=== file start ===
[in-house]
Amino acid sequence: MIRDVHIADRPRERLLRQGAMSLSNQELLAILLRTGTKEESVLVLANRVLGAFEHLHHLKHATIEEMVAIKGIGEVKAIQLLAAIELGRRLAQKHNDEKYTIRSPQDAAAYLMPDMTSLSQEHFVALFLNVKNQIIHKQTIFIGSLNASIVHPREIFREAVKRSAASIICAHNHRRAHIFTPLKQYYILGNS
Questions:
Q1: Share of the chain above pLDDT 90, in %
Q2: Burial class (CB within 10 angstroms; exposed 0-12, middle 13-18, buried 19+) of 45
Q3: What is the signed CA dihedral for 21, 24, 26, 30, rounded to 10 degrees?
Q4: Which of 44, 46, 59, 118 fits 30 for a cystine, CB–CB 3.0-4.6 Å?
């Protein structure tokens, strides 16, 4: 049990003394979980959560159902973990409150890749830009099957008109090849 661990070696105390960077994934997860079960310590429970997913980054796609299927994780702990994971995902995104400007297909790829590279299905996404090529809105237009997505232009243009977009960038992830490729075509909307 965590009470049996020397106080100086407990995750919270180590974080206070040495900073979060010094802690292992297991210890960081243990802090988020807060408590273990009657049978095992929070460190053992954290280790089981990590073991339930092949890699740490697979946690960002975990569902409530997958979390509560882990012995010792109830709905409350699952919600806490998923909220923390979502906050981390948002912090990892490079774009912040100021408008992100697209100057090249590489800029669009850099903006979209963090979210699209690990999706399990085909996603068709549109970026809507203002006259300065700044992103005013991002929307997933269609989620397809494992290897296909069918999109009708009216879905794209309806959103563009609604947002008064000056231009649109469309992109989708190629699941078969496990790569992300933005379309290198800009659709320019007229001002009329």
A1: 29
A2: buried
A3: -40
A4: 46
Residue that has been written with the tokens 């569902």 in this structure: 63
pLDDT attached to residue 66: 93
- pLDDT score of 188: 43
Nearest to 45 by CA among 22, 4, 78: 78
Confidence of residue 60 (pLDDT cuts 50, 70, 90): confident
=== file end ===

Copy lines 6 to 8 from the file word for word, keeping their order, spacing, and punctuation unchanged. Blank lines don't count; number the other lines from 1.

Q3: What is the signed CA dihedral for 21, 24, 26, 30, rounded to 10 degrees?
Q4: Which of 44, 46, 59, 118 fits 30 for a cystine, CB–CB 3.0-4.6 Å?
């Protein structure tokens, strides 16, 4: 049990003394979980959560159902973990409150890749830009099957008109090849 661990070696105390960077994934997860079960310590429970997913980054796609299927994780702990994971995902995104400007297909790829590279299905996404090529809105237009997505232009243009977009960038992830490729075509909307 965590009470049996020397106080100086407990995750919270180590974080206070040495900073979060010094802690292992297991210890960081243990802090988020807060408590273990009657049978095992929070460190053992954290280790089981990590073991339930092949890699740490697979946690960002975990569902409530997958979390509560882990012995010792109830709905409350699952919600806490998923909220923390979502906050981390948002912090990892490079774009912040100021408008992100697209100057090249590489800029669009850099903006979209963090979210699209690990999706399990085909996603068709549109970026809507203002006259300065700044992103005013991002929307997933269609989620397809494992290897296909069918999109009708009216879905794209309806959103563009609604947002008064000056231009649109469309992109989708190629699941078969496990790569992300933005379309290198800009659709320019007229001002009329």